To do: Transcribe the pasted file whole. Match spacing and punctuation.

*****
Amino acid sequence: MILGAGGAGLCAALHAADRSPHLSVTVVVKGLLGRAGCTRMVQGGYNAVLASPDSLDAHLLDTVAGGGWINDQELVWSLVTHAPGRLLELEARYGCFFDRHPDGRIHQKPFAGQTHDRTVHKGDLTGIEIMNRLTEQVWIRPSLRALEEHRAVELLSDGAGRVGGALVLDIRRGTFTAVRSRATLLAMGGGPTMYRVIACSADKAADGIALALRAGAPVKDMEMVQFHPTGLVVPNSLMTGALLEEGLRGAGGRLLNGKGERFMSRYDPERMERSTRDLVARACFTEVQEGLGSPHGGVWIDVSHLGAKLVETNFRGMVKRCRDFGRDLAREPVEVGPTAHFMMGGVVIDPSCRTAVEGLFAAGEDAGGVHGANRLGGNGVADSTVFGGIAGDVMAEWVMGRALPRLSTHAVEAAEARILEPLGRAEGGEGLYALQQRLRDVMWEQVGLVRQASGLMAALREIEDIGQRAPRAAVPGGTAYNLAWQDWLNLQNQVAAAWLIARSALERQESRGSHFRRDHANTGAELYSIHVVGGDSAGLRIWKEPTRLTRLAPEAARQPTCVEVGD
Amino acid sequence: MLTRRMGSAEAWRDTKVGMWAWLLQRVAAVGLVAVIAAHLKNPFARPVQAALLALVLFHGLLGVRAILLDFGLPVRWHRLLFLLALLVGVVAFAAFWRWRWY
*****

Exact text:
Amino acid sequence: MILGAGGAGLCAALHAADRSPHLSVTVVVKGLLGRAGCTRMVQGGYNAVLASPDSLDAHLLDTVAGGGWINDQELVWSLVTHAPGRLLELEARYGCFFDRHPDGRIHQKPFAGQTHDRTVHKGDLTGIEIMNRLTEQVWIRPSLRALEEHRAVELLSDGAGRVGGALVLDIRRGTFTAVRSRATLLAMGGGPTMYRVIACSADKAADGIALALRAGAPVKDMEMVQFHPTGLVVPNSLMTGALLEEGLRGAGGRLLNGKGERFMSRYDPERMERSTRDLVARACFTEVQEGLGSPHGGVWIDVSHLGAKLVETNFRGMVKRCRDFGRDLAREPVEVGPTAHFMMGGVVIDPSCRTAVEGLFAAGEDAGGVHGANRLGGNGVADSTVFGGIAGDVMAEWVMGRALPRLSTHAVEAAEARILEPLGRAEGGEGLYALQQRLRDVMWEQVGLVRQASGLMAALREIEDIGQRAPRAAVPGGTAYNLAWQDWLNLQNQVAAAWLIARSALERQESRGSHFRRDHANTGAELYSIHVVGGDSAGLRIWKEPTRLTRLAPEAARQPTCVEVGD
Amino acid sequence: MLTRRMGSAEAWRDTKVGMWAWLLQRVAAVGLVAVIAAHLKNPFARPVQAALLALVLFHGLLGVRAILLDFGLPVRWHRLLFLLALLVGVVAFAAFWRWRWY